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Art Easels: How to find the best easel for drawing and painting

Updated on August 12, 2015

When I first started art school, my dad made me an easel out of thick, sturdy cedar 2"x6" boards - a simple tripod with jointed legs that folded flat for carrying, and a removable, adjustable ledge. I used that easel all through school, and it still serves me well. The ledge could be easily raised or lowered, bolting into pre-drilled holes on the front legs of the tripod, so that I could comfortably work on canvases up to three feet in width.

Anything bigger was a bit unwieldy, and required further bracing, so I often used a plastic covered, hard chair, with some large text books under the plastic to further elevate the canvas. My chair-and-book system may have looked a bit "jury-rigged," i.e., makeshift or temporary, but it served its purpose, and was reasonably stable.

Studio easel

Portrait of painter Caspar David Friedrich in his (artist's) workshop
Portrait of painter Caspar David Friedrich in his (artist's) workshop | Source

Types of easels

There are two basic types of easels, though there are many styles available - almost too many to choose which is best for you. The important thing to keep in mind is that the easel must be suitable to you and how you want to use it.

Studio easels or lyre-back easels, are often larger and more stable than portable easels, and built for constant or heavy use. They can be made of word or metal, and are built for durability and ease of adjusting. They come in a variety of styles, often a braced or squared tripod. As well, studio easels are not intended to be easily portable, so they are usually fairly heavy.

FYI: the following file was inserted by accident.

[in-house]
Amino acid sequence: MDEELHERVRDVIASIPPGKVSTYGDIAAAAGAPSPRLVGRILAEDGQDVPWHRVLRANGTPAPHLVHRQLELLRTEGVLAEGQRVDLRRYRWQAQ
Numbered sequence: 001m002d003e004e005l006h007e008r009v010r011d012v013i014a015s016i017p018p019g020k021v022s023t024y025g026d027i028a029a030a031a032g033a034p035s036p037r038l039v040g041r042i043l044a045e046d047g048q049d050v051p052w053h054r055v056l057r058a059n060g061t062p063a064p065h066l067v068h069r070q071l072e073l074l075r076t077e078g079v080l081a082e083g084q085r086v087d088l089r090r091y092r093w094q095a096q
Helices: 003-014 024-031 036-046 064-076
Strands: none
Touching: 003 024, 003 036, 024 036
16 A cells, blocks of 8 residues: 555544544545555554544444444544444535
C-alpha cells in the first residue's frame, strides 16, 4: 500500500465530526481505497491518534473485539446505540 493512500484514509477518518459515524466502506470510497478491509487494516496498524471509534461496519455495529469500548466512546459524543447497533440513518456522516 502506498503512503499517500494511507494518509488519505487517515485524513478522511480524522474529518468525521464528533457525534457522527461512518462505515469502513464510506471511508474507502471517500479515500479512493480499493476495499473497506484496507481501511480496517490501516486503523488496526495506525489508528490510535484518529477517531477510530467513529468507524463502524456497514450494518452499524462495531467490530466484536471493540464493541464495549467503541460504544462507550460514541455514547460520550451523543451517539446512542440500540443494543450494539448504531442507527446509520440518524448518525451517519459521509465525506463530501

Portable easels also come in a variety of styles, and are made of lighter materials for ease of carrying. The best known styles are the French box easel and the water-colorists' lap or table easel. Tripods, especially aluminum tripods are easily portable, but can be tricky to use comfortably in rough terrain. Some easels, intended mainly for use out-of-doors, have spiked feet that can be pushed into the ground for added security.

It is certainly possible to use a portable easel indoors, and many people do. The same cannot be said for studio easels, which are intended for use on a flat (and indoor) surface.


When people say the word "easel" the style that springs to mind is usually a basic tripod easel, one of the simplest to set up and move. Tripods only have one back leg, so you must adjust your style to suit any "play" or torque in your easel's frame. If you apply paint vigorously, you might want to use a squared off or studio easel.

My first easel was a wooden tripod, and once I grew used to its inherent instability, it was a joy to use, both because it was so easy to adjust to different canvas sizes, and because it was easy to move so I could "follow the light" as the day progressed.

Painters' Tips: